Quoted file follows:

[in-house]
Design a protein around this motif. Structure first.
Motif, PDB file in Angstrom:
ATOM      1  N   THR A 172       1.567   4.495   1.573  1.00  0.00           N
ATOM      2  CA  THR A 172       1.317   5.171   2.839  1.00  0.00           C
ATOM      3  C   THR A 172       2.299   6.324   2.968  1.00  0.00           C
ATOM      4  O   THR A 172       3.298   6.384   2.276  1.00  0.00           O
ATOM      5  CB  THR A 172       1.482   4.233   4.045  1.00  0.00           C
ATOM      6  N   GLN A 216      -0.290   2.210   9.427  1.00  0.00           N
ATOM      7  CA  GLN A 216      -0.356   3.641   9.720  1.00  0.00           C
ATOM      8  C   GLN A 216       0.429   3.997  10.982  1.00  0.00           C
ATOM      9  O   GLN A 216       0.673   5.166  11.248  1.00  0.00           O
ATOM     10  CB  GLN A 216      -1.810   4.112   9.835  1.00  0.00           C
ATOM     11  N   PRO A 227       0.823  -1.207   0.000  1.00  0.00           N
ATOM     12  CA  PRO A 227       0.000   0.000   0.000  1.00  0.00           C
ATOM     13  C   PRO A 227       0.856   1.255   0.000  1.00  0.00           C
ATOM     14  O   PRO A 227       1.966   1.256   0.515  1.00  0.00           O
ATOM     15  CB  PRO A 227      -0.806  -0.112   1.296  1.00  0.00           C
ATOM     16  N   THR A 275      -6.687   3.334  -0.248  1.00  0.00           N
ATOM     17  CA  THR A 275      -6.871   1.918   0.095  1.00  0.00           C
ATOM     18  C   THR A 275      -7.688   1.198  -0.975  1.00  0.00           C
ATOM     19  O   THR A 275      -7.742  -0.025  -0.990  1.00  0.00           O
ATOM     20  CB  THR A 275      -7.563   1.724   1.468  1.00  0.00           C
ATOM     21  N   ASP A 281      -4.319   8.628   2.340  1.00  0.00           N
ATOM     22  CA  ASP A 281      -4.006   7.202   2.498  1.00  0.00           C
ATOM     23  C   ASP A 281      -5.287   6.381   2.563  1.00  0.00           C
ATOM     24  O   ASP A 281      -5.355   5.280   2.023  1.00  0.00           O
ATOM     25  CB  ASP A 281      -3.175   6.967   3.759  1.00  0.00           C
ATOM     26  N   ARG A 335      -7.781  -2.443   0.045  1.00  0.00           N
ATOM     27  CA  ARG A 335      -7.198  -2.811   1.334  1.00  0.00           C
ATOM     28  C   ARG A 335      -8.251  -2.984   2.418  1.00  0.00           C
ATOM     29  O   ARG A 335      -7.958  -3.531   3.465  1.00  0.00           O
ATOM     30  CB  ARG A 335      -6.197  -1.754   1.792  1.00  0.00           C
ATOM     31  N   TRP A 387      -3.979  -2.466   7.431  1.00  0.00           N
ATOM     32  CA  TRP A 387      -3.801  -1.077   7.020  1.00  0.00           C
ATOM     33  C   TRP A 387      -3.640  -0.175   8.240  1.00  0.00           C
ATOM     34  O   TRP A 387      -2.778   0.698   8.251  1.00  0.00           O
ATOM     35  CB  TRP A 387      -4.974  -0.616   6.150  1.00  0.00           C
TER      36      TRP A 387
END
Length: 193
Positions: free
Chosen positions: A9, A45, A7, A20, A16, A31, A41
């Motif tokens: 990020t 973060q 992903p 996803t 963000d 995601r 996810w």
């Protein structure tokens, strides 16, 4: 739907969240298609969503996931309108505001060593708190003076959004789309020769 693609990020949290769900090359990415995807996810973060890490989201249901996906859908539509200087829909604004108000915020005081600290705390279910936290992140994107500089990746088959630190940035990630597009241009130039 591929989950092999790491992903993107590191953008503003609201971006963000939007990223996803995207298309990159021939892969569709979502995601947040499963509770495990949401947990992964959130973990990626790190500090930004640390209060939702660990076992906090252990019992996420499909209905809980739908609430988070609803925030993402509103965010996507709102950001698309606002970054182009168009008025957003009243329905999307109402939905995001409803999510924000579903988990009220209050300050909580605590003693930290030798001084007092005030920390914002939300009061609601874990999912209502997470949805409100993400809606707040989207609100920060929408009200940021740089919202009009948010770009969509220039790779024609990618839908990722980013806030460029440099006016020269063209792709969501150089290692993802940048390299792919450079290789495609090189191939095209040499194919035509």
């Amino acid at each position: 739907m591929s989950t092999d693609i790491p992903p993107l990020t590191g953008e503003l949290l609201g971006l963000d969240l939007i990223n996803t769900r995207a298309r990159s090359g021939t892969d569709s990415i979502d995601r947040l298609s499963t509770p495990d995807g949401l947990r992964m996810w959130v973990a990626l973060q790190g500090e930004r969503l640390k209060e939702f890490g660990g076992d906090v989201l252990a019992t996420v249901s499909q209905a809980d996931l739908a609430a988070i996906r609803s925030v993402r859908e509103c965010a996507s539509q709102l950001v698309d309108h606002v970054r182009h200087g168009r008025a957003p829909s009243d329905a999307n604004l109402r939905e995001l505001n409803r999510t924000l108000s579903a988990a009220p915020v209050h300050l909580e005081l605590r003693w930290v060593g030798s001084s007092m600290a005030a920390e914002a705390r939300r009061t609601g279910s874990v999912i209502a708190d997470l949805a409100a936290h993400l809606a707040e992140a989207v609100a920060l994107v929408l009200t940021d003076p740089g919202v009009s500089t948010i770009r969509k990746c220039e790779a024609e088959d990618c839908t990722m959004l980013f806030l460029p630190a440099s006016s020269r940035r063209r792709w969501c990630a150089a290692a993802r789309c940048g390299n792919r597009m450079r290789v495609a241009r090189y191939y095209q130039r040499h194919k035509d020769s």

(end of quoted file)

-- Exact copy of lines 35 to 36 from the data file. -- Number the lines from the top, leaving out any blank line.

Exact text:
ATOM     32  CA  TRP A 387      -3.801  -1.077   7.020  1.00  0.00           C
ATOM     33  C   TRP A 387      -3.640  -0.175   8.240  1.00  0.00           C